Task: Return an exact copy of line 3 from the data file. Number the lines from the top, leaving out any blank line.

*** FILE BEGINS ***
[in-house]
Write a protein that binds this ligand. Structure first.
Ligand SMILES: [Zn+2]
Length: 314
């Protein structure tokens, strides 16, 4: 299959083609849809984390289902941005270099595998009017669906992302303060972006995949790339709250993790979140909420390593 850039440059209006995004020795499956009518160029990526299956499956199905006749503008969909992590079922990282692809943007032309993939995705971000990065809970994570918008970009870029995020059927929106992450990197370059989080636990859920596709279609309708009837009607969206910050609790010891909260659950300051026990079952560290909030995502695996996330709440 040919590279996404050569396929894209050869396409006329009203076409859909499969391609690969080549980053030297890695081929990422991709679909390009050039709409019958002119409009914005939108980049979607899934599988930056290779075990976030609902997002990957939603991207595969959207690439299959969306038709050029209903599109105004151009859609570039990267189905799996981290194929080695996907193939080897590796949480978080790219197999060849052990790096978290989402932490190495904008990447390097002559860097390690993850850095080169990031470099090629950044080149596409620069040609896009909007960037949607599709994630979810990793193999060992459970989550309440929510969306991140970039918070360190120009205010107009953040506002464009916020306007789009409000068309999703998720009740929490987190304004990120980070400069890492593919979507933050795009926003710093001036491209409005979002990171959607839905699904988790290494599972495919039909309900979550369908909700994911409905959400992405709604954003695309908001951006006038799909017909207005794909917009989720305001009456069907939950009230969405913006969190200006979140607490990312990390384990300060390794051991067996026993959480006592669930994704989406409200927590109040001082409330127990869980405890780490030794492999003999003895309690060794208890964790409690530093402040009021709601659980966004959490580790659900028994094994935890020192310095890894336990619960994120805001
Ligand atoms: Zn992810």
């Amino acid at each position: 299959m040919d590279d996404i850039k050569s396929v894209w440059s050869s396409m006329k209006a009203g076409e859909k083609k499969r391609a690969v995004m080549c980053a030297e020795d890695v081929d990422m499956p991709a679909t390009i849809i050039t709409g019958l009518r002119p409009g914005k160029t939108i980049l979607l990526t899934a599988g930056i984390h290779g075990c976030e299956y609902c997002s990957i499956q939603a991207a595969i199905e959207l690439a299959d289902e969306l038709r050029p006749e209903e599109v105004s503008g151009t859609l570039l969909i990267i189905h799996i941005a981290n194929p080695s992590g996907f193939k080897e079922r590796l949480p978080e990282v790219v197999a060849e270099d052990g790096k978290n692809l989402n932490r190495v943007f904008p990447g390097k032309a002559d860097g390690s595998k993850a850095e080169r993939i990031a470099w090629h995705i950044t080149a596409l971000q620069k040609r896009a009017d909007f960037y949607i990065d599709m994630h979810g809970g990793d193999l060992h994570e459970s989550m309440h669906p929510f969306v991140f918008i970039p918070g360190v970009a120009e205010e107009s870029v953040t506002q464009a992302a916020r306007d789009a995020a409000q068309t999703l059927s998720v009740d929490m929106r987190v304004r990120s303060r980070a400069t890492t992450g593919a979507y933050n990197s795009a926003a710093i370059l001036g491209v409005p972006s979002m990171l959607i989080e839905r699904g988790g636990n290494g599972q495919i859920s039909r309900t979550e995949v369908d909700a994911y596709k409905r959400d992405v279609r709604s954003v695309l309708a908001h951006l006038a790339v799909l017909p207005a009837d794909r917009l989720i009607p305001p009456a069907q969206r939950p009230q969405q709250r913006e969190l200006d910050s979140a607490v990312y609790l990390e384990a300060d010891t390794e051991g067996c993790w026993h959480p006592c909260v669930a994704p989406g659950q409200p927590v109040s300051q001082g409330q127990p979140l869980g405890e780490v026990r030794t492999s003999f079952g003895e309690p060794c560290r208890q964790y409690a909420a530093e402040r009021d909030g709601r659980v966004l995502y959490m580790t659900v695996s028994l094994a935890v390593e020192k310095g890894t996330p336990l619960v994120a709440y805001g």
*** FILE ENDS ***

Ligand SMILES: [Zn+2]